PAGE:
when i was about 12 years old, i went to live with my dad. it was a fairly typical thing for an adolescent girl to do; tension with mother had reached a breaking point, the hateful stepfather, extra hateful. i’d had enough of the tyrrany and was looking forward to some freedom and peace.

it turns out, i was looking in the wrong place, but that is not the point in this particular narrative. what is the point, is that when i arrived on my father’s doorstep, i owned exactly one pair of shoes. they had serious holes in them. i would stand out in the rain and my feet would get wet. i was accustomed to this, but not inured. i told my dad i needed some money for a new pair of shoes. after some struggle, i got the shoes. and then, something strange happened; i got another pair of shoes.

this was unprecedented. i had always just had one pair at a time. it was heady and strange to be able to decide which shoes i was going to wear that day. i remember sitting in my room feeling giddy at the prospect. and it didn’t stop there. unlike my mother who harbors a profound disdain for the acquisition of things, my dad, he comes from stuff-likers. so. suddenly, i had stuff. items were given to me and neither rescinded nor destroyed. as such, i was able to amass a selection of things. and though i knew intellectually i was going to be able to keep these things, i became rather attached to the notion of having stuff, keeping that stuff, and getting new stuff to join it.

and in this way, i am still pretty much 12 years old.

never is this more apparent than when i cleaning. my god, i have a lot of stuff. stuff from when i was in middle school. stuff from my marriage. stuff from i have no idea where. even when i have nowhere to put it, and i am oppressed by it, i am very very reluctant to let it go. and of course, i still want more stuff too…

and what’s more, now hodie has a lot of stuff. toys, games, clothes, electronics, art supplies, books, costumes, gee-gaws, etc etc ad infinitum. as we were sorting through her room in the annual “pre-first-day-of-school-clean-and-purge” i was stunned by the quantity of crap my daughter has managed to collect. and most of this is my fault. i have definitely trained her to hold on to things; or more precisely i have encouraged her to hold on to things she would pretty much be perfectly happy to let go of. for you see, unlike her mother, she does not have deprivation consciousness, because for the most part, she has been deprived of nothing.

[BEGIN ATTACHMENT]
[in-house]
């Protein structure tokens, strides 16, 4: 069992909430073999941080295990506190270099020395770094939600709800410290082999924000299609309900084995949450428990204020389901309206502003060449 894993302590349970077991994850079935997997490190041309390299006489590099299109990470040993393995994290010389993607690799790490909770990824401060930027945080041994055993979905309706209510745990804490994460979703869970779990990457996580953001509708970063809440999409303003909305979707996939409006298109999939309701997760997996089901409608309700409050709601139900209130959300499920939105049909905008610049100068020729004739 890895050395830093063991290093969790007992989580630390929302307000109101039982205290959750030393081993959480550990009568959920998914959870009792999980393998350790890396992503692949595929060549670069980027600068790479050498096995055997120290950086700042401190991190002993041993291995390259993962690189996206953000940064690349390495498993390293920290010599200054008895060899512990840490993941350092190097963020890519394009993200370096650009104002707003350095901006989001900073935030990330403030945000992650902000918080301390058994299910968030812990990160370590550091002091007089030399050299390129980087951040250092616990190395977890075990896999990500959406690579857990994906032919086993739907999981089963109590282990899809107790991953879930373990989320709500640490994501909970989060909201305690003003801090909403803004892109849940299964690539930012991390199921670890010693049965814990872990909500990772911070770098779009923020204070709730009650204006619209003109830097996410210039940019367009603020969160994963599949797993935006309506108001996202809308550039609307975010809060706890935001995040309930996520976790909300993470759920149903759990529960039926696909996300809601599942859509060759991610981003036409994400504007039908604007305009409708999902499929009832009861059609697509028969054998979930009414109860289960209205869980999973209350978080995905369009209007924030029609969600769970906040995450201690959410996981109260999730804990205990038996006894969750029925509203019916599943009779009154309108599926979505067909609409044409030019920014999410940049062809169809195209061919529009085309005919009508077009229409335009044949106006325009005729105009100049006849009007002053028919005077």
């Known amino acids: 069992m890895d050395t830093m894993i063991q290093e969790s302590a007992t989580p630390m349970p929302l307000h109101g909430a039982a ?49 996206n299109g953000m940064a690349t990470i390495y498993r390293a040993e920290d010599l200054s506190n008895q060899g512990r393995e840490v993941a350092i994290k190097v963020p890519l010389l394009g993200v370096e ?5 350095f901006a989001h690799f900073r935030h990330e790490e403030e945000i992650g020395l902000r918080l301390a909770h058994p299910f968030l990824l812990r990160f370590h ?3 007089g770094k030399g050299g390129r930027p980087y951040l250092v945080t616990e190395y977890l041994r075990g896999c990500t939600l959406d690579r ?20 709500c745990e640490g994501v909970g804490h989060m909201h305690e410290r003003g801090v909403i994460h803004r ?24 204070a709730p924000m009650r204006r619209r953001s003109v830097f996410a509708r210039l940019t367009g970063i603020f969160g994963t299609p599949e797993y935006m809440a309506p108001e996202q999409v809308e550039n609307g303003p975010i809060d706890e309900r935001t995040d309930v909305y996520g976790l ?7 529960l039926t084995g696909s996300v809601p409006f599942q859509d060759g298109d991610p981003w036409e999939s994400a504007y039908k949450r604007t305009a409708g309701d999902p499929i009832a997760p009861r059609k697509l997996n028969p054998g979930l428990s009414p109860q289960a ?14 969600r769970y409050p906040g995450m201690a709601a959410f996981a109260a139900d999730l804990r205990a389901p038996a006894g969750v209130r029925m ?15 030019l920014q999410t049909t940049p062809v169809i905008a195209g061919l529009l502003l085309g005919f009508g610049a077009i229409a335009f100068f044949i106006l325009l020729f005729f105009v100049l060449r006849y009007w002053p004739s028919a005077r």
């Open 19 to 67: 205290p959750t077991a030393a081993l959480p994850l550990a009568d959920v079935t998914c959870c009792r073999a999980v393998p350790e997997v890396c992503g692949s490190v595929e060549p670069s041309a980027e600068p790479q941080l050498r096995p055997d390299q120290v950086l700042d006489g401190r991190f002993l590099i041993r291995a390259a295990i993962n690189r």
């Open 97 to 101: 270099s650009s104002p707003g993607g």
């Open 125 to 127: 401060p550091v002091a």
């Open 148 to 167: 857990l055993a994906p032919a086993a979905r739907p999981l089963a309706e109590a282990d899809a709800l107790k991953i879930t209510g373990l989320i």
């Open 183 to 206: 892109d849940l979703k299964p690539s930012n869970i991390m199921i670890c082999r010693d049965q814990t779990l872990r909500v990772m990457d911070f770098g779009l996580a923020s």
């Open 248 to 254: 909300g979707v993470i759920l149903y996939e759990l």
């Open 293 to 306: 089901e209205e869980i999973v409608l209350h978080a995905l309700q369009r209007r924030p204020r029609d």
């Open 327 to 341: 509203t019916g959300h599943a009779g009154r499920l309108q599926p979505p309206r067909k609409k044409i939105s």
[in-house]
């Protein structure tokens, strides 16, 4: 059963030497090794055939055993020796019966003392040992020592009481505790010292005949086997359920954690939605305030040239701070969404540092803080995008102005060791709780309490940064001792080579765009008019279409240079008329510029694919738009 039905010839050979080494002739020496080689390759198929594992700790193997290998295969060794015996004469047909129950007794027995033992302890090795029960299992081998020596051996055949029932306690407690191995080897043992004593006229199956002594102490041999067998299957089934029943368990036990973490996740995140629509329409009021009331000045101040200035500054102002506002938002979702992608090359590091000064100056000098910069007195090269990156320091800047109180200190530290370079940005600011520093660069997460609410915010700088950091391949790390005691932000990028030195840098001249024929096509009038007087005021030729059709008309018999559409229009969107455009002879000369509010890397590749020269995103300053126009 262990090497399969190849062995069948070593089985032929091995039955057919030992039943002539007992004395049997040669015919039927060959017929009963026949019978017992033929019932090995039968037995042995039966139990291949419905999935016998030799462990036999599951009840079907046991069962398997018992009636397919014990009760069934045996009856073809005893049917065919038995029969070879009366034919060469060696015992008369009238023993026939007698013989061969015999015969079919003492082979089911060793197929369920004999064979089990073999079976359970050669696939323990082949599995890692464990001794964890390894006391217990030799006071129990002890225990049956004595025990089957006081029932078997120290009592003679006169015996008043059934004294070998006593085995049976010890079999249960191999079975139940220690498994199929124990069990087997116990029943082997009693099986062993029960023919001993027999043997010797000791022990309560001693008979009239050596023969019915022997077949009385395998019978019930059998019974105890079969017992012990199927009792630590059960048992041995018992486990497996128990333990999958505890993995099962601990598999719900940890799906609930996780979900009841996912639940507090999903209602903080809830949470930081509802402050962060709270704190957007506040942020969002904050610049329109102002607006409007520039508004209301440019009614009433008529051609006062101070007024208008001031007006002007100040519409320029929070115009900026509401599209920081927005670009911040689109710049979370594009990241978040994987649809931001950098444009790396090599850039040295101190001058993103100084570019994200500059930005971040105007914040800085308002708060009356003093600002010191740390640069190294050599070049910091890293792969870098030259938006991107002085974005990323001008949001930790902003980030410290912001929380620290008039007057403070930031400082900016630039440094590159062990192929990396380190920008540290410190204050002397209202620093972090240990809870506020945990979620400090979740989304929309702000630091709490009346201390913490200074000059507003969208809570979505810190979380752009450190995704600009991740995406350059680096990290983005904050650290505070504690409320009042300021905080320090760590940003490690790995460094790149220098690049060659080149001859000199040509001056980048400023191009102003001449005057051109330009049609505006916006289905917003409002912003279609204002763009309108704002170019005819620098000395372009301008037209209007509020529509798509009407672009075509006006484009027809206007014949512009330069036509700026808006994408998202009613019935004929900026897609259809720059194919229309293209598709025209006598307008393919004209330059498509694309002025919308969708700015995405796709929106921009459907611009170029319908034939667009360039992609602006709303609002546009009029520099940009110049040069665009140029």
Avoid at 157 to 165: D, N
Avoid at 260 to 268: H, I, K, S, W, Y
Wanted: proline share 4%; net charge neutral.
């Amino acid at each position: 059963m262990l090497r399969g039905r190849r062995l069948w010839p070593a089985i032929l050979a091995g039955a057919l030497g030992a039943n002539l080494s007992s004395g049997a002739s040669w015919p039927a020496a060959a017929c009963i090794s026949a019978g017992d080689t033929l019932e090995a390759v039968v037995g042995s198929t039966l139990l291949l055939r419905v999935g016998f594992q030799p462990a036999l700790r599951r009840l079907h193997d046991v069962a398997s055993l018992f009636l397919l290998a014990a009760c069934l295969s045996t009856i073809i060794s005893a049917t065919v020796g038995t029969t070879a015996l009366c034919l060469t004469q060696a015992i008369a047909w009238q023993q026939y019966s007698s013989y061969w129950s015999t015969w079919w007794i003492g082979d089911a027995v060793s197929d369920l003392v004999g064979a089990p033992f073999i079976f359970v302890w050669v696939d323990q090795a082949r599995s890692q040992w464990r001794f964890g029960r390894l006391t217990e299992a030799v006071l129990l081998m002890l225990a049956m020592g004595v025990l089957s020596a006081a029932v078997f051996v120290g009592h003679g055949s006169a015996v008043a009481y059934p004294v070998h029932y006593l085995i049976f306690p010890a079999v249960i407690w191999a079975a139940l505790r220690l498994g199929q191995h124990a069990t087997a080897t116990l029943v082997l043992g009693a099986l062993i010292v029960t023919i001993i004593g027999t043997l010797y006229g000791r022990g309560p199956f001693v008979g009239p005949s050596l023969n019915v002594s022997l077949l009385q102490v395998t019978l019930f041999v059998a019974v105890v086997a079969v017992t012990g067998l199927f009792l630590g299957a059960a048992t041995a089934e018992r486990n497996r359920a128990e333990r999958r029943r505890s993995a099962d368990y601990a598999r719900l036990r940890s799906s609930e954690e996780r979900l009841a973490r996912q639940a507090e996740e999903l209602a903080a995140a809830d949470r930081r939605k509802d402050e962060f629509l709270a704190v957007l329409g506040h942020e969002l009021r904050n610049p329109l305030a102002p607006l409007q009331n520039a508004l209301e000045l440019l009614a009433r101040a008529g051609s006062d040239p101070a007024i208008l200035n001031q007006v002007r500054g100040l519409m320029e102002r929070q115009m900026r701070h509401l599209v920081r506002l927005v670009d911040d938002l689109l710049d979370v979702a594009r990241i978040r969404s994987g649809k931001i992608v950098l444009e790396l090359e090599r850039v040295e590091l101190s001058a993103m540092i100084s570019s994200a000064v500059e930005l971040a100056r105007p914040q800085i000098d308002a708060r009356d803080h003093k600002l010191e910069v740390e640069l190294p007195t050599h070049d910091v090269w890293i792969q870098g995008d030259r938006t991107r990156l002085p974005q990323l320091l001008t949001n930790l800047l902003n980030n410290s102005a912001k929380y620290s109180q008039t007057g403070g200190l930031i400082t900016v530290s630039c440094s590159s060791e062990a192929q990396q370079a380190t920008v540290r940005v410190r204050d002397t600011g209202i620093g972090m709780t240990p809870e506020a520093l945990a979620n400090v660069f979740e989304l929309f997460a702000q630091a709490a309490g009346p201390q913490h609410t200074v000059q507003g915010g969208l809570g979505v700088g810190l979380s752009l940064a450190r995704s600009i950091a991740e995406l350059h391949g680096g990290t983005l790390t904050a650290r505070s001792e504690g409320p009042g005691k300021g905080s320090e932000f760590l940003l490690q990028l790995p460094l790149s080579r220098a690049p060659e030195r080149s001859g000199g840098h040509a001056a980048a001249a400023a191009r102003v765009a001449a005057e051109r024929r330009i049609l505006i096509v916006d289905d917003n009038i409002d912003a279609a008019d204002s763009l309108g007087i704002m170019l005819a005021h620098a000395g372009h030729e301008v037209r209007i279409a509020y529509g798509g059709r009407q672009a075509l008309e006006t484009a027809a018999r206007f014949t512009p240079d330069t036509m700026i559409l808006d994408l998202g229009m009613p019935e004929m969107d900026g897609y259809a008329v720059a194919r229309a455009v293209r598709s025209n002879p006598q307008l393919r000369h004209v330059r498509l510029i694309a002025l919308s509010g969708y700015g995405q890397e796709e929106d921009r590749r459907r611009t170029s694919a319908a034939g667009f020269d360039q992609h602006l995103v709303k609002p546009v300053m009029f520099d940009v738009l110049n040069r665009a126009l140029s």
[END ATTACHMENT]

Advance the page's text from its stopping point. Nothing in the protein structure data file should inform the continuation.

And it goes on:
and so today. as we were cleaning her room, i did something i have never done before. i told her she could get rid of whatever she liked. she was not obligated to consult me about what to keep and what to be rid of. she could send off whatever struck her fancy. i didnt encourage her to to keep anything she did not want for her own purposes, and i let go the need to dictate where the things that were left ought to go. as long as everything had a place, i wasnt going to try to insist on placement or particulars; just that things were relatively tidy after all was said and done.

she was judicious for the most part. lots of books from when she was 2, stuffies she hadn’t even looked at in months, gifts from people years out of her life. she arranged her remaining things in a riot across all the flat surfaces of her room in a way that makes my fingers itch with organizational longing, but i resisted and praised her diligence.

i am happy to say that hodie does not seem to care nearly as much as i do about stuff. that she’s generally pretty happy to have it, but that it doesnt seem to be something she gives all that much thought to. and in this way, i like to think i have done a good job. the shrug of her shoulders, in the face of all those things, my best reward. even better than stuff.